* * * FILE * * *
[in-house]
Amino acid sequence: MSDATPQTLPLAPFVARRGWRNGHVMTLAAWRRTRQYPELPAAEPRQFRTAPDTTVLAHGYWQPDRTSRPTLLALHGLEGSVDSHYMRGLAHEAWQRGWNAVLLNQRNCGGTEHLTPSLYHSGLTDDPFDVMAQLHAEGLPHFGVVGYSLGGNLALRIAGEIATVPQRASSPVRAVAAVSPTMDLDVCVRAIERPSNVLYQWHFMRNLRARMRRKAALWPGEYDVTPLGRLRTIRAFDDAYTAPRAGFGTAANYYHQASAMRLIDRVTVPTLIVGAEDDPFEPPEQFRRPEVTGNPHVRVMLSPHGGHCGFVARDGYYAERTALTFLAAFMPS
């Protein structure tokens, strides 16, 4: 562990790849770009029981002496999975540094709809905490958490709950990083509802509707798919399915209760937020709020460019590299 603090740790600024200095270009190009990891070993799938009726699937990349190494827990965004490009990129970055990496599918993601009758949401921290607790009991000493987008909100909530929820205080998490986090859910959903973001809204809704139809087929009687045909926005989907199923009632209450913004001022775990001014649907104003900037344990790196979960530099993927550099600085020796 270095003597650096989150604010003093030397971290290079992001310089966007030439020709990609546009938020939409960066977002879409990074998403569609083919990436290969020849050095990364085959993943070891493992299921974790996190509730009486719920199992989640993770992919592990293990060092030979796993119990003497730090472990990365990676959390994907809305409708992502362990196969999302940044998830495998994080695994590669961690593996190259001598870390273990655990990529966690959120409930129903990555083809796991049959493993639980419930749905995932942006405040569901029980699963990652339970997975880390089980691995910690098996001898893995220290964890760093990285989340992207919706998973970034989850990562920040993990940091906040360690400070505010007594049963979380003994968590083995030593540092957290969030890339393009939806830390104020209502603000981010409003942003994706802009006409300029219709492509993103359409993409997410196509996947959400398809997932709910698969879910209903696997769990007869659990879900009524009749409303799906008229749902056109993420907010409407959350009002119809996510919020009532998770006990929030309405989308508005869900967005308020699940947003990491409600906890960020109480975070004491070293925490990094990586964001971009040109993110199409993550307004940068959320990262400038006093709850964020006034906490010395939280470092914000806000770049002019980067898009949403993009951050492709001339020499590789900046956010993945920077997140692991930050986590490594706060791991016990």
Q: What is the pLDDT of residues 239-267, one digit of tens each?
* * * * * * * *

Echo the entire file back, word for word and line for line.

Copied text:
[in-house]
Amino acid sequence: MSDATPQTLPLAPFVARRGWRNGHVMTLAAWRRTRQYPELPAAEPRQFRTAPDTTVLAHGYWQPDRTSRPTLLALHGLEGSVDSHYMRGLAHEAWQRGWNAVLLNQRNCGGTEHLTPSLYHSGLTDDPFDVMAQLHAEGLPHFGVVGYSLGGNLALRIAGEIATVPQRASSPVRAVAAVSPTMDLDVCVRAIERPSNVLYQWHFMRNLRARMRRKAALWPGEYDVTPLGRLRTIRAFDDAYTAPRAGFGTAANYYHQASAMRLIDRVTVPTLIVGAEDDPFEPPEQFRRPEVTGNPHVRVMLSPHGGHCGFVARDGYYAERTALTFLAAFMPS
């Protein structure tokens, strides 16, 4: 562990790849770009029981002496999975540094709809905490958490709950990083509802509707798919399915209760937020709020460019590299 603090740790600024200095270009190009990891070993799938009726699937990349190494827990965004490009990129970055990496599918993601009758949401921290607790009991000493987008909100909530929820205080998490986090859910959903973001809204809704139809087929009687045909926005989907199923009632209450913004001022775990001014649907104003900037344990790196979960530099993927550099600085020796 270095003597650096989150604010003093030397971290290079992001310089966007030439020709990609546009938020939409960066977002879409990074998403569609083919990436290969020849050095990364085959993943070891493992299921974790996190509730009486719920199992989640993770992919592990293990060092030979796993119990003497730090472990990365990676959390994907809305409708992502362990196969999302940044998830495998994080695994590669961690593996190259001598870390273990655990990529966690959120409930129903990555083809796991049959493993639980419930749905995932942006405040569901029980699963990652339970997975880390089980691995910690098996001898893995220290964890760093990285989340992207919706998973970034989850990562920040993990940091906040360690400070505010007594049963979380003994968590083995030593540092957290969030890339393009939806830390104020209502603000981010409003942003994706802009006409300029219709492509993103359409993409997410196509996947959400398809997932709910698969879910209903696997769990007869659990879900009524009749409303799906008229749902056109993420907010409407959350009002119809996510919020009532998770006990929030309405989308508005869900967005308020699940947003990491409600906890960020109480975070004491070293925490990094990586964001971009040109993110199409993550307004940068959320990262400038006093709850964020006034906490010395939280470092914000806000770049002019980067898009949403993009951050492709001339020499590789900046956010993945920077997140692991930050986590490594706060791991016990």
Q: What is the pLDDT of residues 239-267, one digit of tens each?